NEW YORK (Reuters Breakingviews) - David Solomon steps into his new role at Goldman Sachs at a flattering moment. The Wall Street group reported a 21 percent increase in earnings for the third quarter of 2018. The investment bank that Solomon used to run put in a strong performance. And the firm’s annualized return on equity of 13.1 percent beat uptown rival Morgan Stanley. Big numbers aren’t really Solomon’s challenge, though – people are.
Goldman’s workforce of 39,800 is big and growing. The bank is larger than it has been in a decade and employs 11 percent more people than this time last year. They get paid pretty handsomely – an average of around $376,000 per year each at the current run rate. But it’s what they bring in that matters. Revenue of just under $1 million per person is around 40 percent higher than the equivalent figure at Morgan Stanley. After stripping out compensation, the average Goldmanite leaves roughly $615,000 on the table for shareholders.
The problem is, that number hasn’t really gone anywhere. Goldman makes as much after compensation as it did in 2012, the year when James Gorman added the title of chairman to his CEO role. Since then, Gorman’s crew has become more and more productive. What each employee brings in after they have been paid has more than doubled, to over $400,000 based on numbers reported on Tuesday.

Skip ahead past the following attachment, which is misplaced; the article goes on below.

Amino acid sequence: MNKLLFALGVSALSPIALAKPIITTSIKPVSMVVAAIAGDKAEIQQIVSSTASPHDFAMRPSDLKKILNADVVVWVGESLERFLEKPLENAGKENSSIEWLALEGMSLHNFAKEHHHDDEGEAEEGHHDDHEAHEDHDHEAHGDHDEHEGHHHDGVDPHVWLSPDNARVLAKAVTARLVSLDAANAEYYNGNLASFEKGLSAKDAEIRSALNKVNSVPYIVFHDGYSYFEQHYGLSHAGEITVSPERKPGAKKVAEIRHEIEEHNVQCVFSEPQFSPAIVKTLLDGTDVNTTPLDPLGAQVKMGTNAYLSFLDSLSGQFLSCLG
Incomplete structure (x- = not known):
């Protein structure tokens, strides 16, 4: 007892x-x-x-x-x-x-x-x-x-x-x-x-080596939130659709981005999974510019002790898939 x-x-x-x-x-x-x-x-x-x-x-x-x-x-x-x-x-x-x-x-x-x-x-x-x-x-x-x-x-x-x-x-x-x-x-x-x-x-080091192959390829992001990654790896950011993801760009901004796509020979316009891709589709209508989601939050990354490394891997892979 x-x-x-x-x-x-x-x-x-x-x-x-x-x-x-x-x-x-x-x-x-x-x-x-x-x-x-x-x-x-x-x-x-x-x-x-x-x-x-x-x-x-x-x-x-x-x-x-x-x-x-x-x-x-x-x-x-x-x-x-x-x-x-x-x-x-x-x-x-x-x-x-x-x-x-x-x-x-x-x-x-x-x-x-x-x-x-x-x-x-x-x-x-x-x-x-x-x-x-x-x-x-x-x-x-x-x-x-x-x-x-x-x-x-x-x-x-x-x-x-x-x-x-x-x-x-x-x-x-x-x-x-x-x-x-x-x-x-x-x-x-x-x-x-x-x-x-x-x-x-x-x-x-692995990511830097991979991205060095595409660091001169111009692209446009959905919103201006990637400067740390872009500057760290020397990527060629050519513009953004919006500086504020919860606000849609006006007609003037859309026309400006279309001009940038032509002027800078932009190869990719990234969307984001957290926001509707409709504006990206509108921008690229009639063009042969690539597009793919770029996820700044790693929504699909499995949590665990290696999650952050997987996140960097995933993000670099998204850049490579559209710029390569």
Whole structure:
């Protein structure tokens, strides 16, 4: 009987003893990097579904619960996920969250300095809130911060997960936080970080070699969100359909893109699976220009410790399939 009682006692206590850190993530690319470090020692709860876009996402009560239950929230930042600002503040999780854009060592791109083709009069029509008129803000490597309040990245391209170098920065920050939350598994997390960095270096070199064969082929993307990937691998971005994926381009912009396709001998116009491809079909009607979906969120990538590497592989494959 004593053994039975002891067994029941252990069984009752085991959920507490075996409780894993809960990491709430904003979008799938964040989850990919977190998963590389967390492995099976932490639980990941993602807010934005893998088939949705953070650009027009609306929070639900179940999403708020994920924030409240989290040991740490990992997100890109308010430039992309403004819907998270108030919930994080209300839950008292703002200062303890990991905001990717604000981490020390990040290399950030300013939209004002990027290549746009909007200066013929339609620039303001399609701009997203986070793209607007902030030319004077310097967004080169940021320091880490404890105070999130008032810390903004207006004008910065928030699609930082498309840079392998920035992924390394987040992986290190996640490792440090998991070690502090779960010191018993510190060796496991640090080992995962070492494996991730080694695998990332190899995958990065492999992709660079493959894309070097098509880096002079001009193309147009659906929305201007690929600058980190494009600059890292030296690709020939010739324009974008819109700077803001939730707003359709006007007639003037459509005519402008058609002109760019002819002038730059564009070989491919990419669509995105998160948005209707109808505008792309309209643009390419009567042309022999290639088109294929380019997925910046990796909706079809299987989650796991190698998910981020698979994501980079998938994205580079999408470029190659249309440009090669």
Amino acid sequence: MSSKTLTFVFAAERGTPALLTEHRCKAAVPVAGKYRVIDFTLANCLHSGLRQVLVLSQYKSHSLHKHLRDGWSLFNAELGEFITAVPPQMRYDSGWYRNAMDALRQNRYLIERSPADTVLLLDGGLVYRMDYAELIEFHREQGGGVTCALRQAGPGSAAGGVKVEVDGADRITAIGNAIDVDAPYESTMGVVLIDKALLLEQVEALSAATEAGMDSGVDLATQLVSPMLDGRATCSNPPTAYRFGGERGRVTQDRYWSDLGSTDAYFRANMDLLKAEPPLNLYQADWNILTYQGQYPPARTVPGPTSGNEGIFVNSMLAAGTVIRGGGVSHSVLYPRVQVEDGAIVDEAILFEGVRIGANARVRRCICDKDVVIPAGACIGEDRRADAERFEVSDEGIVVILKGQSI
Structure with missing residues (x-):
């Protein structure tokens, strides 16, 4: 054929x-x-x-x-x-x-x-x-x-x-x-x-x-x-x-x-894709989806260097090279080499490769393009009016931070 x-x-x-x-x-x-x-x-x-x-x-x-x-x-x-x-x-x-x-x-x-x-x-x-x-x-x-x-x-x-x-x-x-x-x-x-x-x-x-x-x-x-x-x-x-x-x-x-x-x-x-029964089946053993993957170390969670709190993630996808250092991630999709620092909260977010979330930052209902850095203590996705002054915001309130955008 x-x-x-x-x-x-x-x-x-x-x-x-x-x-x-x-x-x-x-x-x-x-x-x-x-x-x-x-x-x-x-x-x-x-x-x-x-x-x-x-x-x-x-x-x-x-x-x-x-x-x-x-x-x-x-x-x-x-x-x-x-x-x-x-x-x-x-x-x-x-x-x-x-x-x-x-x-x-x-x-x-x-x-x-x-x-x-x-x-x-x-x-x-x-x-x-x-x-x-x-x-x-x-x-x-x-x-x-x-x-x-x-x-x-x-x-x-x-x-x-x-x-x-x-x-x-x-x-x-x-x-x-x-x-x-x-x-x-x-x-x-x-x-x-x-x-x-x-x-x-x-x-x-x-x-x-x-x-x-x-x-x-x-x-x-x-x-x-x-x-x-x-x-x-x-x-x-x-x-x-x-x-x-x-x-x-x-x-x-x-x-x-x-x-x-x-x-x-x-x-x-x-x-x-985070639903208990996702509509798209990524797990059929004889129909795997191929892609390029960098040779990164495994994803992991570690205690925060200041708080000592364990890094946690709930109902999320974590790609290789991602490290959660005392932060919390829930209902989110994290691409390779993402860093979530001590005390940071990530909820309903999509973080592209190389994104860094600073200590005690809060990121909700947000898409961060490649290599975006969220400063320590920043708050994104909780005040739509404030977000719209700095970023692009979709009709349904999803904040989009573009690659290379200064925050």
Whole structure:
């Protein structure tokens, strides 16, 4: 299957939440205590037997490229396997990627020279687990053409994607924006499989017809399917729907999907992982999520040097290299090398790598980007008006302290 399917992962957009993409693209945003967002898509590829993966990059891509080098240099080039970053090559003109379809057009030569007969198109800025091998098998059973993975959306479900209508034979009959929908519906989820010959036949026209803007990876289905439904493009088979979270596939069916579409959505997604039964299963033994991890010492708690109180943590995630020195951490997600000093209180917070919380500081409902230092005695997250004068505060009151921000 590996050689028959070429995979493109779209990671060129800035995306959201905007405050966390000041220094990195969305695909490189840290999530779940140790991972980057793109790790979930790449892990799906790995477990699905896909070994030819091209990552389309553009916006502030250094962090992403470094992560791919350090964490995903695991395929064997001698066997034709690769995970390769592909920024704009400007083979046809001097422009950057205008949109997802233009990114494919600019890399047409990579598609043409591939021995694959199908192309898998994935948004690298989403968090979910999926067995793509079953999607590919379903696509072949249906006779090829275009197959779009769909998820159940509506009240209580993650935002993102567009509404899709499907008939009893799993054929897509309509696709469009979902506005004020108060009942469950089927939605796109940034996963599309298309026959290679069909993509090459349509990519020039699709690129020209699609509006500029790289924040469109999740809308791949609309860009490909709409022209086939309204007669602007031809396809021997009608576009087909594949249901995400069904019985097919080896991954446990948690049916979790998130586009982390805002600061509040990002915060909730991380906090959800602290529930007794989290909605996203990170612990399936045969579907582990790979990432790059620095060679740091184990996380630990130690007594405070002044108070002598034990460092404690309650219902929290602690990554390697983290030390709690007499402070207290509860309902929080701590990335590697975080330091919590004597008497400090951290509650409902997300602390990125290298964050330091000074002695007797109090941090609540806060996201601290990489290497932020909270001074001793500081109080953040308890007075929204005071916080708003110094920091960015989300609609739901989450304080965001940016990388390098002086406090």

Morgan Stanley’s business model is different – it gets around half of its revenue from wealth and investment management. Moreover, tracking how much Goldman staff bring in is going to get harder, assuming Solomon forges ahead with plans to expand into consumer offerings like online bank Marcus.
Solomon, who has a strong track record managing Goldman’s investment bankers, seems alert to the question. Executives are talking about bringing existing clients “the whole of Goldman” – a fancy way of saying staff need to bring in more bacon. That’s not a bad goal. Had Goldman got 10 percent more from the employees it had at the end of last year, all other things like tax rates and compensation ratios being equal, its earnings would have been one-fifth higher. Time to sweat that human capital.
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